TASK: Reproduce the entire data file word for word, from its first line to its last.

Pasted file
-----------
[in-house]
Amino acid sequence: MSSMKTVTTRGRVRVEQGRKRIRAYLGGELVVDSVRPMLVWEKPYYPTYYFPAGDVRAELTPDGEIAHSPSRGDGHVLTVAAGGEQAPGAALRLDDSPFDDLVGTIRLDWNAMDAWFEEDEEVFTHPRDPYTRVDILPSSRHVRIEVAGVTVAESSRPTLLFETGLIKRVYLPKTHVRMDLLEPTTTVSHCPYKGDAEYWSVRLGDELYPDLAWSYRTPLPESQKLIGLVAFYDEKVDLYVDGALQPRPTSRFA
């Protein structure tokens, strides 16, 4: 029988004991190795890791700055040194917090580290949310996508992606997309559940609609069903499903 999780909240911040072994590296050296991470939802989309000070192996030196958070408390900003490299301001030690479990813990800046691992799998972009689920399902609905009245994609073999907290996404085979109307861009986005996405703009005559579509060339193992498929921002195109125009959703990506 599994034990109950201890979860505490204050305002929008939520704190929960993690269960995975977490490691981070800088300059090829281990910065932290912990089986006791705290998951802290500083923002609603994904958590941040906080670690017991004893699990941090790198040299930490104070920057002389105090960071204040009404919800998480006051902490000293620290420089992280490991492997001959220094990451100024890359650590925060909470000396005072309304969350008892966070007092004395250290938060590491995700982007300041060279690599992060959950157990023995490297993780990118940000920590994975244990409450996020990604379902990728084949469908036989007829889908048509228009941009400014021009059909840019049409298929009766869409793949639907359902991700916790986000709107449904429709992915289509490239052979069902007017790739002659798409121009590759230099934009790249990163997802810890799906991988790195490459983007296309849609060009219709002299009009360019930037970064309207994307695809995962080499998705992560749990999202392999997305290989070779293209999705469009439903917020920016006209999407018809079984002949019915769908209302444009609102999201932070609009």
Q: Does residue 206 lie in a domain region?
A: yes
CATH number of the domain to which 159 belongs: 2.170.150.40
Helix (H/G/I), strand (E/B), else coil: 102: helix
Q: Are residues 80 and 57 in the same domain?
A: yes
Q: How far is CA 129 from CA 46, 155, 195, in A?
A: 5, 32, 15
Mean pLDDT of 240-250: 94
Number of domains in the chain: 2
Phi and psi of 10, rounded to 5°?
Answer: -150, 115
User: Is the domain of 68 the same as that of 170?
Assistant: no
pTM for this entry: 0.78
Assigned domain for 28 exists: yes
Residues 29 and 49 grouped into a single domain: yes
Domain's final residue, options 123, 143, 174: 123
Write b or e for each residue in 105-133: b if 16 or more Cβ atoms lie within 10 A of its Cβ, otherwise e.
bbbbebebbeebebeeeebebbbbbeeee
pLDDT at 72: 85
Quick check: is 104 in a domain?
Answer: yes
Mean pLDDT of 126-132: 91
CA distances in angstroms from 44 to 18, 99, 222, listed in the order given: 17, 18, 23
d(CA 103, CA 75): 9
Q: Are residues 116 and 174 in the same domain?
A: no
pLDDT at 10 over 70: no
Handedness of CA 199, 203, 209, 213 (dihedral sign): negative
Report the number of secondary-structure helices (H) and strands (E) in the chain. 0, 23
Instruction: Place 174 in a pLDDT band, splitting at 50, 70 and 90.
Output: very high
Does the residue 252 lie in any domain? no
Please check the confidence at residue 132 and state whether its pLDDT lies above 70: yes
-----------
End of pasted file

[in-house]
Amino acid sequence: MSSMKTVTTRGRVRVEQGRKRIRAYLGGELVVDSVRPMLVWEKPYYPTYYFPAGDVRAELTPDGEIAHSPSRGDGHVLTVAAGGEQAPGAALRLDDSPFDDLVGTIRLDWNAMDAWFEEDEEVFTHPRDPYTRVDILPSSRHVRIEVAGVTVAESSRPTLLFETGLIKRVYLPKTHVRMDLLEPTTTVSHCPYKGDAEYWSVRLGDELYPDLAWSYRTPLPESQKLIGLVAFYDEKVDLYVDGALQPRPTSRFA
């Protein structure tokens, strides 16, 4: 029988004991190795890791700055040194917090580290949310996508992606997309559940609609069903499903 999780909240911040072994590296050296991470939802989309000070192996030196958070408390900003490299301001030690479990813990800046691992799998972009689920399902609905009245994609073999907290996404085979109307861009986005996405703009005559579509060339193992498929921002195109125009959703990506 599994034990109950201890979860505490204050305002929008939520704190929960993690269960995975977490490691981070800088300059090829281990910065932290912990089986006791705290998951802290500083923002609603994904958590941040906080670690017991004893699990941090790198040299930490104070920057002389105090960071204040009404919800998480006051902490000293620290420089992280490991492997001959220094990451100024890359650590925060909470000396005072309304969350008892966070007092004395250290938060590491995700982007300041060279690599992060959950157990023995490297993780990118940000920590994975244990409450996020990604379902990728084949469908036989007829889908048509228009941009400014021009059909840019049409298929009766869409793949639907359902991700916790986000709107449904429709992915289509490239052979069902007017790739002659798409121009590759230099934009790249990163997802810890799906991988790195490459983007296309849609060009219709002299009009360019930037970064309207994307695809995962080499998705992560749990999202392999997305290989070779293209999705469009439903917020920016006209999407018809079984002949019915769908209302444009609102999201932070609009």
Q: Does residue 206 lie in a domain region?
A: yes
CATH number of the domain to which 159 belongs: 2.170.150.40
Helix (H/G/I), strand (E/B), else coil: 102: helix
Q: Are residues 80 and 57 in the same domain?
A: yes
Q: How far is CA 129 from CA 46, 155, 195, in A?
A: 5, 32, 15
Mean pLDDT of 240-250: 94
Number of domains in the chain: 2
Phi and psi of 10, rounded to 5°?
Answer: -150, 115
User: Is the domain of 68 the same as that of 170?
Assistant: no
pTM for this entry: 0.78
Assigned domain for 28 exists: yes
Residues 29 and 49 grouped into a single domain: yes
Domain's final residue, options 123, 143, 174: 123
Write b or e for each residue in 105-133: b if 16 or more Cβ atoms lie within 10 A of its Cβ, otherwise e.
bbbbebebbeebebeeeebebbbbbeeee
pLDDT at 72: 85
Quick check: is 104 in a domain?
Answer: yes
Mean pLDDT of 126-132: 91
CA distances in angstroms from 44 to 18, 99, 222, listed in the order given: 17, 18, 23
d(CA 103, CA 75): 9
Q: Are residues 116 and 174 in the same domain?
A: no
pLDDT at 10 over 70: no
Handedness of CA 199, 203, 209, 213 (dihedral sign): negative
Report the number of secondary-structure helices (H) and strands (E) in the chain. 0, 23
Instruction: Place 174 in a pLDDT band, splitting at 50, 70 and 90.
Output: very high
Does the residue 252 lie in any domain? no
Please check the confidence at residue 132 and state whether its pLDDT lies above 70: yes